Cora Elm, Native American nurse in WWI France.

Elm-nurse1

Cora Elm, 1916.

Born in February 1891 in Wisconsin, Cora Elm was a member of the Oneida Nation and identified herself in her account “Life, Belief, and the War” (1942) as “a very firm Episcopalian” (Oneida Lives [2005] 290). Her father, a farmer who understood the benefits of education, first enrolled her in 1906 at the Carlisle Indian School (which athlete Jim Thorpe attended), but she left the school for a time and did not graduate until 1913. With her grandmother well known as a midwife, she trained as a nurse at the Episcopal Hospital in Philadelphia with the financial help of her father and her wealthy employers. She graduated in 1916 and stayed on as supervisor of wards at the hospital. A March 1917 newspaper item indicates that she participated in a suffrage demonstration at the White House.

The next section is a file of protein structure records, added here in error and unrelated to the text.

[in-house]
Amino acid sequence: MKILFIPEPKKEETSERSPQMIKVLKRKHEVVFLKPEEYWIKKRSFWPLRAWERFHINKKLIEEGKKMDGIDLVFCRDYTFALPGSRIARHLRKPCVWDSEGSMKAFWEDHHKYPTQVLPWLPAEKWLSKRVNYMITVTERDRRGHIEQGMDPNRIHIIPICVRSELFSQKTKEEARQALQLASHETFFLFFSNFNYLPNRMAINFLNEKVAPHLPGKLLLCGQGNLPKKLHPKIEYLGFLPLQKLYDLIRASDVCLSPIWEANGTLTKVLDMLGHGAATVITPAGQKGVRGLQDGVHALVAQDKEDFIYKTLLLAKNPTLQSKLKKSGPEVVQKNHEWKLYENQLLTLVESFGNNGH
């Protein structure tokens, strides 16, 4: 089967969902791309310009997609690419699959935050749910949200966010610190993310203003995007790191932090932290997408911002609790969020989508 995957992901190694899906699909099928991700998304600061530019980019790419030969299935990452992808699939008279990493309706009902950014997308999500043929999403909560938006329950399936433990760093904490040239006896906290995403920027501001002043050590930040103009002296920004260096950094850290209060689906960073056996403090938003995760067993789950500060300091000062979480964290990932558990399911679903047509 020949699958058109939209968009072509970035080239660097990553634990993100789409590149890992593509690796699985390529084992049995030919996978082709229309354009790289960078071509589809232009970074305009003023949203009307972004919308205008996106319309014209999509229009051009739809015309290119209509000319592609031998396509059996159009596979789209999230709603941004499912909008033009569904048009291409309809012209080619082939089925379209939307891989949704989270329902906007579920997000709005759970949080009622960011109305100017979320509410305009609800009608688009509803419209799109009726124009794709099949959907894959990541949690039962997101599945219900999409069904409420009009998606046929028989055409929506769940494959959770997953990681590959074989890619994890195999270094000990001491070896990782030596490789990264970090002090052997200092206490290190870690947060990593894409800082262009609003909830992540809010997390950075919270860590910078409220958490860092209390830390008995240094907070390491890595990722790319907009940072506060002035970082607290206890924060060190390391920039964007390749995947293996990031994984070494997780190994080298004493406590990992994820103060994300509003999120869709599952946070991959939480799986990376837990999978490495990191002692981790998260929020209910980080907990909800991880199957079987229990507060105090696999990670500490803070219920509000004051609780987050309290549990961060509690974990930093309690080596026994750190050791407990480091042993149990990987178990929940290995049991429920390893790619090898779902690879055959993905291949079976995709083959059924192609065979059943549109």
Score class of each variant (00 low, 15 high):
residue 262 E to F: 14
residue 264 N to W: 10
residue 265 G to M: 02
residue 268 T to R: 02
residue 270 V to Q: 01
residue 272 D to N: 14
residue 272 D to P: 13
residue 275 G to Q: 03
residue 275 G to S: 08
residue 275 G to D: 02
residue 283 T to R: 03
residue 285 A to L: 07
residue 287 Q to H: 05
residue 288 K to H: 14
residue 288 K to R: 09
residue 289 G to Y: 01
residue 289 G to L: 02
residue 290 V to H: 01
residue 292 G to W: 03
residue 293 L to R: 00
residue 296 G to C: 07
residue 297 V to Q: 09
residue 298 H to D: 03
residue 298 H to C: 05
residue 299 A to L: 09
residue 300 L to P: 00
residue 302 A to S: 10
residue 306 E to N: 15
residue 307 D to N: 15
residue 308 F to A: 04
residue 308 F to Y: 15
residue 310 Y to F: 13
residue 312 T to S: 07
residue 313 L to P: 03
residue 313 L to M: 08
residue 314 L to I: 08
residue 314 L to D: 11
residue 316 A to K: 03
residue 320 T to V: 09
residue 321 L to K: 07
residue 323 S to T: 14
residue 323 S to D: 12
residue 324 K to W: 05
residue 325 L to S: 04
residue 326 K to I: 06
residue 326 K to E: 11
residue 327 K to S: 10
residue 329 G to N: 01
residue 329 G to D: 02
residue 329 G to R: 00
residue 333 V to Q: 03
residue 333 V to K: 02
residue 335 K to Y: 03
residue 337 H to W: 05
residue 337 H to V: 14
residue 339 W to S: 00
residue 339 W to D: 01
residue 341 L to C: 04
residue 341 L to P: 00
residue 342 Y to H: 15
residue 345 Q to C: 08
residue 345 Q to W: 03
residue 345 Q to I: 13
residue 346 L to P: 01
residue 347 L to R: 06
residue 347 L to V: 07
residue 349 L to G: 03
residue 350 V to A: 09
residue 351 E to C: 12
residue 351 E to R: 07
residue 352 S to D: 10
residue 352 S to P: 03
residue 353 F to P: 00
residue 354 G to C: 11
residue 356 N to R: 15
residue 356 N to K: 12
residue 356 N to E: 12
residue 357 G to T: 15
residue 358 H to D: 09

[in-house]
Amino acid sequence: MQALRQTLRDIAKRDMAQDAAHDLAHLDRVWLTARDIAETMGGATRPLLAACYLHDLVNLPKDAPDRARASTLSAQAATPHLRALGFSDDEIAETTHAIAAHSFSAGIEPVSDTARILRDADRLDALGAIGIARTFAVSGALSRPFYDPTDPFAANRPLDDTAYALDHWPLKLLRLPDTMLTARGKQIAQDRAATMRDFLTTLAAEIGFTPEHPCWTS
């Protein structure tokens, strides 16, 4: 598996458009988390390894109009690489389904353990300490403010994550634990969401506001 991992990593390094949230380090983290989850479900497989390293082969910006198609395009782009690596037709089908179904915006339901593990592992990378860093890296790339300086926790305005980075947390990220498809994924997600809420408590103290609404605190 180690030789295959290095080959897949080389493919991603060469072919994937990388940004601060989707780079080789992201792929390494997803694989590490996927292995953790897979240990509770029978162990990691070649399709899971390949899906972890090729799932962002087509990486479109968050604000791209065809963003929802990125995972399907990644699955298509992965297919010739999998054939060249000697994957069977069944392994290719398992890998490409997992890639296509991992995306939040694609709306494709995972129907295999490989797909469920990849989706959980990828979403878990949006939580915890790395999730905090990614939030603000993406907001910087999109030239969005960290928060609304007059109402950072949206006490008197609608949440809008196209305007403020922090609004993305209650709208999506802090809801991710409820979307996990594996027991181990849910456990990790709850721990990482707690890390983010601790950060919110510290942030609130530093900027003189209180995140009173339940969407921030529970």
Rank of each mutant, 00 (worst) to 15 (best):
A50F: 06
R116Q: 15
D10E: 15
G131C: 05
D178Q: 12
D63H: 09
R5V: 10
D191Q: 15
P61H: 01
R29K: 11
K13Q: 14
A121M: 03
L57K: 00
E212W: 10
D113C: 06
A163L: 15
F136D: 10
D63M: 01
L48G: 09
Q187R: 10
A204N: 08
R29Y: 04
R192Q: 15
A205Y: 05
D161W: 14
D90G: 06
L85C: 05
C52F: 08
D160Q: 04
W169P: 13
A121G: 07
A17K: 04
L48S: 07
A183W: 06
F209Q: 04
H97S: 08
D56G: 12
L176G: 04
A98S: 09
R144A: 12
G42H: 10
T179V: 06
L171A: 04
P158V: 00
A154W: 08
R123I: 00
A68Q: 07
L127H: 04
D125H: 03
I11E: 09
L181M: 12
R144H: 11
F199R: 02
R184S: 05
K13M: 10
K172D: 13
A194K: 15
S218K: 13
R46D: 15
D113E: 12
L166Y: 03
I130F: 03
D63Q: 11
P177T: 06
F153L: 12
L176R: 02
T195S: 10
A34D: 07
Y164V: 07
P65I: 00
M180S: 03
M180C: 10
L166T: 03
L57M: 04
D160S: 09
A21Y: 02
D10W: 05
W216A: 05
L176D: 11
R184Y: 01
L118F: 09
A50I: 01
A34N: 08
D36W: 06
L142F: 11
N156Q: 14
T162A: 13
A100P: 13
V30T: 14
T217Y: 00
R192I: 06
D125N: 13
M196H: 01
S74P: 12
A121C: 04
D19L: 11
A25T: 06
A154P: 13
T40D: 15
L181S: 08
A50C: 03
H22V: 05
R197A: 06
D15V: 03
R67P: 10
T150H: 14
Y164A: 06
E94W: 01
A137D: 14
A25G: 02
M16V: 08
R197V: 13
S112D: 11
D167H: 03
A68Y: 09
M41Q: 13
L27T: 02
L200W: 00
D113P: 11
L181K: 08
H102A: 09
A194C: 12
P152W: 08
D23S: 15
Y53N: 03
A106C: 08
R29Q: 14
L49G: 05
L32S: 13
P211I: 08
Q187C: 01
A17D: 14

It appears that Elm sailed for Liverpool on the Leviathan on December 15, 1917, and reached France on Christmas Day. She and her fellow nurses of Base Hospital No. 34 (aka the Episcopal Unit, as the personnel came from the Episcopal Hospital) first were split among three hospitals as the base hospital was readied; it opened in Nantes in April 1918. The unit history states that the hospital admitted 9100 patients in nine months and had a death rate of 1.3 percent. Elm wrote the section on the YWCA in the unit history. She says laconically in “Life, Belief, and the War,” “My life overseas was not very easy. Although I was in a base hospital, I saw a lot of the horrors of war. I nursed many a soldier with a leg cut off, or an arm” (295).

Her February 1920 passport application indicated that the Red Cross was sending her to Russia, Latvia, and Lithuania for nursing service. In January 1921, the American Journal of Nursing reported that Elm had married James E. Sinnard. Her son, James Jr., was born in 1926. She served as ward supervisor in several veterans hospitals, including Wood Veterans Hospital in Milwaukee. The 1940 census lists her as divorced, nursing in a private hospital, and living with her widowed sister, with her son as residing with her ex-husband. Elm died in June 1949.

Advertisements